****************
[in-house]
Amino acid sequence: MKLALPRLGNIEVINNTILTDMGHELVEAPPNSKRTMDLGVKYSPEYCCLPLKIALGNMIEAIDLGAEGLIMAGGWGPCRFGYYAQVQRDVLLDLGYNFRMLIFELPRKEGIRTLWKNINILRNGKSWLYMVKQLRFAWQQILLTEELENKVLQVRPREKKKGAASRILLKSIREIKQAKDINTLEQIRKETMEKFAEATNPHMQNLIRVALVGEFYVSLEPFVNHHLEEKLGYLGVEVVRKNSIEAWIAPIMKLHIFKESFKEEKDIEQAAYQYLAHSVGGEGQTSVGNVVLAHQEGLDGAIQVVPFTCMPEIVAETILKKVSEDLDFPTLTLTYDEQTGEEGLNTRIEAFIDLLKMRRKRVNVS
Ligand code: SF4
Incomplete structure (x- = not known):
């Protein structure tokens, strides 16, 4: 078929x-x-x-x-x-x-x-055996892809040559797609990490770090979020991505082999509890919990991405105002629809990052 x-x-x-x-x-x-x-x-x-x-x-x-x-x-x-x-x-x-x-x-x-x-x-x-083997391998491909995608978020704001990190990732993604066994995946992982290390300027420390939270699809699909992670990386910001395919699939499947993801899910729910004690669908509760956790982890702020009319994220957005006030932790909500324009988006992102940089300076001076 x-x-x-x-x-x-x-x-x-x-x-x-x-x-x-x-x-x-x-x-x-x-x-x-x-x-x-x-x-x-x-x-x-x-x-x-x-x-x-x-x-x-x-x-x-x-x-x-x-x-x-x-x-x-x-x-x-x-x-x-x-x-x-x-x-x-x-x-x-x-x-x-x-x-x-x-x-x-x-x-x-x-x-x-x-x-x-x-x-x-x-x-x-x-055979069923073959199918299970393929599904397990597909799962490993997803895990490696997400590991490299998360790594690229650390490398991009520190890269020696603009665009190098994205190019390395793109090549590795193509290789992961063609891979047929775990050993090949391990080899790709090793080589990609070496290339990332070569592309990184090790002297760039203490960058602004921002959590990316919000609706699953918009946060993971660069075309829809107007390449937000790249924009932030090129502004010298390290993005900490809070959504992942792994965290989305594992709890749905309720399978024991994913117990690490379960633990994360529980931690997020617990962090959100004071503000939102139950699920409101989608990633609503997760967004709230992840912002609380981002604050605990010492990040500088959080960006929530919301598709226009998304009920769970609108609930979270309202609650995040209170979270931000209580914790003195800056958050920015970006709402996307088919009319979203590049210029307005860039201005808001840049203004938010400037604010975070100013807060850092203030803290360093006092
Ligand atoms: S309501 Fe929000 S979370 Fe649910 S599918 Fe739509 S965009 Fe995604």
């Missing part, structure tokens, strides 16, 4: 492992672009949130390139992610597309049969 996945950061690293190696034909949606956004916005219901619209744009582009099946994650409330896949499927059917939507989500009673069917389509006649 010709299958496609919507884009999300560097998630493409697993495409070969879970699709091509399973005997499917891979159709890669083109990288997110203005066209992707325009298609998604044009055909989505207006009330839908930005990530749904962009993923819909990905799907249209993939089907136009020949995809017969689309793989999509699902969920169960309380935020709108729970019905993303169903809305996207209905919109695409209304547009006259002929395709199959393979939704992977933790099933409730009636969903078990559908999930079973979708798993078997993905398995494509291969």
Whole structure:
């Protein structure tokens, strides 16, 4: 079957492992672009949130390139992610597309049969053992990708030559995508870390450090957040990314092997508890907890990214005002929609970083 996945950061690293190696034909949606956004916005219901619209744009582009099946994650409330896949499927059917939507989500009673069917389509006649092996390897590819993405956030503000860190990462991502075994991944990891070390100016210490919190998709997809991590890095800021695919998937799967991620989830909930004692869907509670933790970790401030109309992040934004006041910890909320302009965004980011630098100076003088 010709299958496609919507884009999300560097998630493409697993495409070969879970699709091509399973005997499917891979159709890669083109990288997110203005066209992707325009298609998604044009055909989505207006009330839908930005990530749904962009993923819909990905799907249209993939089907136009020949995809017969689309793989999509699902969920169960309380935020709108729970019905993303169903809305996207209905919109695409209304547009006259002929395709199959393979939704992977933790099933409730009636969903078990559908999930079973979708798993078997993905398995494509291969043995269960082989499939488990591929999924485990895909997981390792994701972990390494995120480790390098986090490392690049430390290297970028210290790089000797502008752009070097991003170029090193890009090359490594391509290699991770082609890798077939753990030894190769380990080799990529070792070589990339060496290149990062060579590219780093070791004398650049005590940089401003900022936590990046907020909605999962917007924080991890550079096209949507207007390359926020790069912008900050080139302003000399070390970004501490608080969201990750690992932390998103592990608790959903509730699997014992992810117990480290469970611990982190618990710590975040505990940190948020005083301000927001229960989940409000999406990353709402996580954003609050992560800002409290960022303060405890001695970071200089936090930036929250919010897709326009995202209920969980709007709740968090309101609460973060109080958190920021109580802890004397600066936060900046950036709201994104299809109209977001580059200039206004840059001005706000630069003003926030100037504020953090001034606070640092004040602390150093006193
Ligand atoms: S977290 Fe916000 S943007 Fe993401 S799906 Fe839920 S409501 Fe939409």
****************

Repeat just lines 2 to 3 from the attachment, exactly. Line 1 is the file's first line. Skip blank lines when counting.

Amino acid sequence: MKLALPRLGNIEVINNTILTDMGHELVEAPPNSKRTMDLGVKYSPEYCCLPLKIALGNMIEAIDLGAEGLIMAGGWGPCRFGYYAQVQRDVLLDLGYNFRMLIFELPRKEGIRTLWKNINILRNGKSWLYMVKQLRFAWQQILLTEELENKVLQVRPREKKKGAASRILLKSIREIKQAKDINTLEQIRKETMEKFAEATNPHMQNLIRVALVGEFYVSLEPFVNHHLEEKLGYLGVEVVRKNSIEAWIAPIMKLHIFKESFKEEKDIEQAAYQYLAHSVGGEGQTSVGNVVLAHQEGLDGAIQVVPFTCMPEIVAETILKKVSEDLDFPTLTLTYDEQTGEEGLNTRIEAFIDLLKMRRKRVNVS
Ligand code: SF4